• * Potential GDP is much higher than assumed because excess capacity in labor hours is much higher than assumed (leisure – work preferences before 2009 are ignored, especially those of the early 1970s, when people worked more). Improvements in equipment (the capabilities of new equipment and the speed of putting it in place: oil fields, data centers), structures (high-density offices and smaller-footprint manufacturing), or a championship fishing lake by 5AM in the summer also augment potential GDP but aren’t sufficiently accounted for.
  • * Economic growth is now less limited by labor hours simply because the labor hours needed to produce results have been falling with improvements in management technique and technology.
  • * Wages won’t necessarily rise when workers become “service humans” providing support to robots, because of the falling cost and increasing capabilities of automation (whether for equity trading or for assembling cars).
  • * Labor productivity is not widely weak, and weak labor productivity isn’t necessarily bad when businesses prioritize improving returns on assets (especially expensive ones) and returns to investors.
  • * Multifactor productivity (MFP) is less and less a measure of “technological progress” now that technology inputs have been explicitly included, especially since a 2008 national accounting change. MFP is a residual of outputs compared to inputs. Practically, its value diminishes the more detached it becomes from business measures of production and returns.
  • * Business fixed investment doesn’t necessarily rise with a lower effective federal funds rate because (1) the effective fed funds rate is a small part of the net present value equation used for investment decisions and (2) the cost of productive capacity (equipment and structures) for a given level of output has been falling.
  • * Natural interest rates are lower than assumed because they are set more by global funds flows than by production levels; and, again, the cost of fixed investment is now less.
  • * It is generally assumed that most of the weighted-average product price change (as reported in price indices and deflators) is due to monetary (money-supply and interest-rate) causes. That assumption might have been reasonable in the 1970s, but it has been less true since 1981. When the root cause of a product price change is technology, management technique, online shopping, or government policy (regulatory, trade, tax, or subsidy), central bank monetary policy tools have had little effect. Central banks need a method to separate monetary causes (that central banks can address) from nonmonetary causes (that they rightly punt to other agencies of government).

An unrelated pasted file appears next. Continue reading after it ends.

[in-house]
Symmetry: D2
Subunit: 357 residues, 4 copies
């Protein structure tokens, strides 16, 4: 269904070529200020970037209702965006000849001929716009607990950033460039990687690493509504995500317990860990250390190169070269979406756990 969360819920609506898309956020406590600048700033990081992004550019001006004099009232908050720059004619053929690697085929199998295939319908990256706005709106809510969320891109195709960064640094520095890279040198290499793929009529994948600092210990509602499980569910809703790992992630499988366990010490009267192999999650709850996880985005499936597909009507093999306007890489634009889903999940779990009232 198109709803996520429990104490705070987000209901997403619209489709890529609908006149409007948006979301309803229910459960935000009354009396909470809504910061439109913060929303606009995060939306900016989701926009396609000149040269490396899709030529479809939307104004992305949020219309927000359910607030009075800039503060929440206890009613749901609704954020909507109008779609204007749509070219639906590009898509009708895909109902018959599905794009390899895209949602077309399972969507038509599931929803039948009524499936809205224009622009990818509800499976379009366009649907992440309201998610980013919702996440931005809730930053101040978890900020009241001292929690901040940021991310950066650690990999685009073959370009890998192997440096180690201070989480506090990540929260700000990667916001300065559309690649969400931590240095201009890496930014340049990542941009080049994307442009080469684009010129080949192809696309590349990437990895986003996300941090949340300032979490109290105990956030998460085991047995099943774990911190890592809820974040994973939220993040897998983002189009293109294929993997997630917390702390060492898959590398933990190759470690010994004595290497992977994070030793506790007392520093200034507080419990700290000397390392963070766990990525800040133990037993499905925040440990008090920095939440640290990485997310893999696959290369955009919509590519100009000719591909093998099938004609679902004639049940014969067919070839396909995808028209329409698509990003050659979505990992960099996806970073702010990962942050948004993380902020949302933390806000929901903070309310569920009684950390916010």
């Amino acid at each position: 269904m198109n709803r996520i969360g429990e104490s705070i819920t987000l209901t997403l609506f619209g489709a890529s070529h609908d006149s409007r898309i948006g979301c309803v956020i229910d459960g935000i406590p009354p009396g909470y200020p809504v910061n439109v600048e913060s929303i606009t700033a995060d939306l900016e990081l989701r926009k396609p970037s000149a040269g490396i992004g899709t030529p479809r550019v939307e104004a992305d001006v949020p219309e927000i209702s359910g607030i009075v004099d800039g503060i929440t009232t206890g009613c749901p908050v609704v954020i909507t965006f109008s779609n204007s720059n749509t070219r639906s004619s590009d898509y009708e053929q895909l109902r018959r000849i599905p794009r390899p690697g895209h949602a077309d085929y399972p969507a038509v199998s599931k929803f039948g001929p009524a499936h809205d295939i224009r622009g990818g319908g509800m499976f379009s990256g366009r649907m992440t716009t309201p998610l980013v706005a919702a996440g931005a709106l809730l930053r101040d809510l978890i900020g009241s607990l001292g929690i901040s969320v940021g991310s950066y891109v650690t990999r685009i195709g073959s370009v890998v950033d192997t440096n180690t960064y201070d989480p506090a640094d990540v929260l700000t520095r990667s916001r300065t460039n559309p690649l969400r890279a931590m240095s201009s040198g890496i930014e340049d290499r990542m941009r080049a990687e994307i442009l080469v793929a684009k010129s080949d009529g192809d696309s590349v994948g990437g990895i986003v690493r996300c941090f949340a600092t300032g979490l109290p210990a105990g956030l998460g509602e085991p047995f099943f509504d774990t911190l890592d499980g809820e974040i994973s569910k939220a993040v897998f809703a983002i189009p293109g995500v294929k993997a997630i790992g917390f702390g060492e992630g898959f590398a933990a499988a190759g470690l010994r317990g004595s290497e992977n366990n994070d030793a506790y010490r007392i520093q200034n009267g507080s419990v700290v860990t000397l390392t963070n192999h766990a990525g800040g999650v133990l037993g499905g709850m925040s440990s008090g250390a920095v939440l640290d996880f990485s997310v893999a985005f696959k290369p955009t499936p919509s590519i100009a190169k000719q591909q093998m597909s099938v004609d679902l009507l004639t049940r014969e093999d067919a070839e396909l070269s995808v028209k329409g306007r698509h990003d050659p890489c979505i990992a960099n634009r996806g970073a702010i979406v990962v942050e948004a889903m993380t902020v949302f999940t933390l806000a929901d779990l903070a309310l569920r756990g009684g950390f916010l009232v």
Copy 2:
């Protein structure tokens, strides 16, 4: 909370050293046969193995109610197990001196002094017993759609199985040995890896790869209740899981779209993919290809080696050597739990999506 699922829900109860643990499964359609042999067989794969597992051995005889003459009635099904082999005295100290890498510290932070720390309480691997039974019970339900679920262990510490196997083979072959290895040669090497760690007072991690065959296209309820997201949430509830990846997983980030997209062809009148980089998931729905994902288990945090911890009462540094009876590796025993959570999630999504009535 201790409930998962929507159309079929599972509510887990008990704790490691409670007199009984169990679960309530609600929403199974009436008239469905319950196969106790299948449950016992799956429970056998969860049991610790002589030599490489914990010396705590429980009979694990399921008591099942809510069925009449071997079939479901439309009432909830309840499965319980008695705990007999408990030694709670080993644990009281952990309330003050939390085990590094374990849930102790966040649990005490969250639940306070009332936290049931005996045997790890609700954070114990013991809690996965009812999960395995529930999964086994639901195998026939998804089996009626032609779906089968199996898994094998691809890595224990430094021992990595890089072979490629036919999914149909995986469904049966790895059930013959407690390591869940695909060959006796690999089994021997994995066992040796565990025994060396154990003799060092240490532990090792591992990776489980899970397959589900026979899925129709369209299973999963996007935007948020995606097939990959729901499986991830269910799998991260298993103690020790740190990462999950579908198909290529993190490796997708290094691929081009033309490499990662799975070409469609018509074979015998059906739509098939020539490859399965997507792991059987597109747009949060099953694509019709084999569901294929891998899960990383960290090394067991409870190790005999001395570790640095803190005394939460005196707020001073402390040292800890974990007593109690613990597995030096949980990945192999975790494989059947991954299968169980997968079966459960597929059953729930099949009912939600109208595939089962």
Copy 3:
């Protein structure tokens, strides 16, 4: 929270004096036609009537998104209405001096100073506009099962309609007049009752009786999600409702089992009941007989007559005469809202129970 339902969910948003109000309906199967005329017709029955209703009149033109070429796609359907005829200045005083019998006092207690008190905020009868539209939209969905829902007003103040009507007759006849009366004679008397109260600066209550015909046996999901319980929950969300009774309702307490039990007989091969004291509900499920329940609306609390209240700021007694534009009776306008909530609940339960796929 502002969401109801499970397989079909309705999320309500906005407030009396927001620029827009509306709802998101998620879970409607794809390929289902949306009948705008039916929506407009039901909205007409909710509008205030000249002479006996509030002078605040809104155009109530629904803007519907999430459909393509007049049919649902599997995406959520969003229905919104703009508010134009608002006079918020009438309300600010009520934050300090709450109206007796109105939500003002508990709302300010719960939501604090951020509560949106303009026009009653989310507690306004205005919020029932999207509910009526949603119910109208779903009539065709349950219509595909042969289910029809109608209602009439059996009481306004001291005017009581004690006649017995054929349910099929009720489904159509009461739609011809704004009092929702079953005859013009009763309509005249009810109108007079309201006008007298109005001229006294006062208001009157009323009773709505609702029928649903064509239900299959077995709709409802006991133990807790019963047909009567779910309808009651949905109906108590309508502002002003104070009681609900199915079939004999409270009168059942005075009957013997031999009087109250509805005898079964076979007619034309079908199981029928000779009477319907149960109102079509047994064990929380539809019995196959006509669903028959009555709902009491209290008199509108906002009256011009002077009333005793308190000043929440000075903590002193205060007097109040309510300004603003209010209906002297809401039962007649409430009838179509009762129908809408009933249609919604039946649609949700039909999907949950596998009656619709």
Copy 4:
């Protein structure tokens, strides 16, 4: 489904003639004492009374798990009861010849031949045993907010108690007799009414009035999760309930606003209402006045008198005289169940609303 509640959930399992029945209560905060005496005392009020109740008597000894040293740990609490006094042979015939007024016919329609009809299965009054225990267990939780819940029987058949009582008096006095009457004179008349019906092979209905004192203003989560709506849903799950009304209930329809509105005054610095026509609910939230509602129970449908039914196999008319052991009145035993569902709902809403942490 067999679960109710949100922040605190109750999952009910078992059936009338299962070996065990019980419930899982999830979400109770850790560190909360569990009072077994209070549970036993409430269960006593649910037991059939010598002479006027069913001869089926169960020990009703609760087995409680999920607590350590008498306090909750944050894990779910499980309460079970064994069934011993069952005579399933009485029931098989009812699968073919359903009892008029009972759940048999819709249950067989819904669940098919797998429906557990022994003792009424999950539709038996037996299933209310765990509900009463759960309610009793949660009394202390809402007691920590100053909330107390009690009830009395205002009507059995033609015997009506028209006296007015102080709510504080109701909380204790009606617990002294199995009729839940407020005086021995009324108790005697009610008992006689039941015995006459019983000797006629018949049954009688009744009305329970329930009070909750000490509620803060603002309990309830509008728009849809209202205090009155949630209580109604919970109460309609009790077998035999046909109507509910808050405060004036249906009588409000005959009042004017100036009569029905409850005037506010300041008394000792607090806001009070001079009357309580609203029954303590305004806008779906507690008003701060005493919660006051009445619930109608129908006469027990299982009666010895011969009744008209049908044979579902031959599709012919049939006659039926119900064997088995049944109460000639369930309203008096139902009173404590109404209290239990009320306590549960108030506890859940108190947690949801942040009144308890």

• * A central tendency is assumed in average price indexes or deflators, rather than the dramatic dispersion of price trends. With prices having multiple modes (starting with the simple split of goods and services), targeting “average” inflation makes no sense. Landing at the average location of two airports is a crash.
  • * Looking at growing research on the prices of complex and changing products (from mobile devices to medical treatments), we find it likely that the measured average price level increase is significantly overstated. If so, then real interest rates have long been higher and natural rates have been lower than assumed.

These examples cascade through monetary models and decisions. Just as with the basics of baiting a hook and casting a line, monetary models might benefit from factory-floor-style root-cause analysis and continual improvement. The goal is to catch a great fish, not get injured by an error with a hook.

We thank Brian for sharing this with our readers and wish him “tight lines”. For readers who can make last minute changes, there is a little space left for the June 21-22-23-24 gathering at Leen’s Lodge. Go directly by phone to Scott Weeks, 207-796-2929. August is now full. Labor Day is nearly fully reserved with few spaces remaining.

David R Kotok
Chairman & Chief Investment Officer